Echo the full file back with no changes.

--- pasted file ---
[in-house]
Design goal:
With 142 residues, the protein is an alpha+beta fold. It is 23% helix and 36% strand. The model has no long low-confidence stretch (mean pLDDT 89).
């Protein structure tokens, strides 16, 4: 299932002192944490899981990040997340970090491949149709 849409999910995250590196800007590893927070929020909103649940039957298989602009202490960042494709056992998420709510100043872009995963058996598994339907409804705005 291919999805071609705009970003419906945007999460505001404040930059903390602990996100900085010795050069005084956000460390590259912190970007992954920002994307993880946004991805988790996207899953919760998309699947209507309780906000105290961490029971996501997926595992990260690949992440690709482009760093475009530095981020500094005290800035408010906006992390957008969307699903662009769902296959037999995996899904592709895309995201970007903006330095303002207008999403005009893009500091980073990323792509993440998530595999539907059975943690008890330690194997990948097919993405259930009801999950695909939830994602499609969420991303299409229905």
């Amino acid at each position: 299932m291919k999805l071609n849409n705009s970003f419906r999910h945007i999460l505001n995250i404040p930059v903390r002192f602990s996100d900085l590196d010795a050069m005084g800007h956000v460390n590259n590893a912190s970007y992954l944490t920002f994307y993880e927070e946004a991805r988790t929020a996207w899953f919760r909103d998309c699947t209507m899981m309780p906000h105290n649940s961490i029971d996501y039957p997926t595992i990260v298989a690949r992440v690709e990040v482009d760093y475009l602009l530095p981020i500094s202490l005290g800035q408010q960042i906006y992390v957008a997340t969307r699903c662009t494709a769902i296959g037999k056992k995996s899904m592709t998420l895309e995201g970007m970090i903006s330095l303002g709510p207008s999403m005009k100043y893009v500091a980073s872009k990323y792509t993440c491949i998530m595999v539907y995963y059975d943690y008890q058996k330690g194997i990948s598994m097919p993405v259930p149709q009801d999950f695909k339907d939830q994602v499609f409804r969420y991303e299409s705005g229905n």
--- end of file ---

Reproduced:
[in-house]
Design goal:
With 142 residues, the protein is an alpha+beta fold. It is 23% helix and 36% strand. The model has no long low-confidence stretch (mean pLDDT 89).
């Protein structure tokens, strides 16, 4: 299932002192944490899981990040997340970090491949149709 849409999910995250590196800007590893927070929020909103649940039957298989602009202490960042494709056992998420709510100043872009995963058996598994339907409804705005 291919999805071609705009970003419906945007999460505001404040930059903390602990996100900085010795050069005084956000460390590259912190970007992954920002994307993880946004991805988790996207899953919760998309699947209507309780906000105290961490029971996501997926595992990260690949992440690709482009760093475009530095981020500094005290800035408010906006992390957008969307699903662009769902296959037999995996899904592709895309995201970007903006330095303002207008999403005009893009500091980073990323792509993440998530595999539907059975943690008890330690194997990948097919993405259930009801999950695909939830994602499609969420991303299409229905």
């Amino acid at each position: 299932m291919k999805l071609n849409n705009s970003f419906r999910h945007i999460l505001n995250i404040p930059v903390r002192f602990s996100d900085l590196d010795a050069m005084g800007h956000v460390n590259n590893a912190s970007y992954l944490t920002f994307y993880e927070e946004a991805r988790t929020a996207w899953f919760r909103d998309c699947t209507m899981m309780p906000h105290n649940s961490i029971d996501y039957p997926t595992i990260v298989a690949r992440v690709e990040v482009d760093y475009l602009l530095p981020i500094s202490l005290g800035q408010q960042i906006y992390v957008a997340t969307r699903c662009t494709a769902i296959g037999k056992k995996s899904m592709t998420l895309e995201g970007m970090i903006s330095l303002g709510p207008s999403m005009k100043y893009v500091a980073s872009k990323y792509t993440c491949i998530m595999v539907y995963y059975d943690y008890q058996k330690g194997i990948s598994m097919p993405v259930p149709q009801d999950f695909k339907d939830q994602v499609f409804r969420y991303e299409s705005g229905n």